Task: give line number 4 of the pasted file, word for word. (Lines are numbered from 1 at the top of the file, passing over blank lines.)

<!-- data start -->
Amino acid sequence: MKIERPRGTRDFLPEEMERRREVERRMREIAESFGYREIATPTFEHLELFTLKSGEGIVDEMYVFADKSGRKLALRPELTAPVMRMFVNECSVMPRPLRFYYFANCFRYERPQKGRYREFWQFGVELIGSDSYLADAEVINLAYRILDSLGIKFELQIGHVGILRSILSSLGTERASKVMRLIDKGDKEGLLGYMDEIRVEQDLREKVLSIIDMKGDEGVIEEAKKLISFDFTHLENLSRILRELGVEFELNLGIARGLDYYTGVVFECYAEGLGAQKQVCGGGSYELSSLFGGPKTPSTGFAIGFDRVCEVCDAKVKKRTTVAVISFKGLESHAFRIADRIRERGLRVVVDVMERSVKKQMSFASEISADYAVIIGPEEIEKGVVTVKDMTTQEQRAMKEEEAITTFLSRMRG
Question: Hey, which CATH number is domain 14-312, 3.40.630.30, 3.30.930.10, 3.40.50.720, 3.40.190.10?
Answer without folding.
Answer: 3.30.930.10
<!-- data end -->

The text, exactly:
Answer: 3.30.930.10